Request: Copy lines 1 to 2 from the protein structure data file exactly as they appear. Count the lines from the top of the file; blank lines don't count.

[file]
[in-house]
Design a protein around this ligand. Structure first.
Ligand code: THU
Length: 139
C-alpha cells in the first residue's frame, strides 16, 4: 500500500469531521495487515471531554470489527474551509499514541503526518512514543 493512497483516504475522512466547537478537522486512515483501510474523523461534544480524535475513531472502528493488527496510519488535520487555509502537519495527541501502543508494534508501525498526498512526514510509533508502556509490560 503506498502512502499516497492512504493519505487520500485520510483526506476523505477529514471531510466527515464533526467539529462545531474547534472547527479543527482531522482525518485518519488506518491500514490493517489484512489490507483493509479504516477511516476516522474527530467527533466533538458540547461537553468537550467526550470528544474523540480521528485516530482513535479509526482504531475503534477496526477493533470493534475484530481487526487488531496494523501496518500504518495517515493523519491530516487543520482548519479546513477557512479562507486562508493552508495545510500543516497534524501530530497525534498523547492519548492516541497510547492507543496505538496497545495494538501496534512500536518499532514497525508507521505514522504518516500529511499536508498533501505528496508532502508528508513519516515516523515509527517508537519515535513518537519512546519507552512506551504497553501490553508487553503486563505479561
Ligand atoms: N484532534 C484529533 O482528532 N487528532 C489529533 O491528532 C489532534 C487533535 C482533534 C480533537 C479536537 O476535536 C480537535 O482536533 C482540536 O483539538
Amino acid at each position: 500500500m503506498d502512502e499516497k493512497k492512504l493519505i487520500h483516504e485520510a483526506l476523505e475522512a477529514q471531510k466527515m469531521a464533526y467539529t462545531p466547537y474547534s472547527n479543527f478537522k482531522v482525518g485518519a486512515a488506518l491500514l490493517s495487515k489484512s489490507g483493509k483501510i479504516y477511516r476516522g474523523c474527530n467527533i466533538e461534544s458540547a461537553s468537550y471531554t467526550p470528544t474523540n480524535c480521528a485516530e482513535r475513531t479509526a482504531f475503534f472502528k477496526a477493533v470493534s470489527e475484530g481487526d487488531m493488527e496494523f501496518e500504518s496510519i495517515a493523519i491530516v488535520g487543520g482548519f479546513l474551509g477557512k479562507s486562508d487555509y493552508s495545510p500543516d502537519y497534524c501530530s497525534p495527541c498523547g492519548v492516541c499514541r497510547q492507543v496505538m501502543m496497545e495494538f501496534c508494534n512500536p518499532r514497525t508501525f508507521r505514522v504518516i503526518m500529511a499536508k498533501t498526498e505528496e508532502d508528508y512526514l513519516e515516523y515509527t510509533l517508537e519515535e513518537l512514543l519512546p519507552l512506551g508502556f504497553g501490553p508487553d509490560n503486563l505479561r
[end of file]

[in-house]
Design a protein around this ligand. Structure first.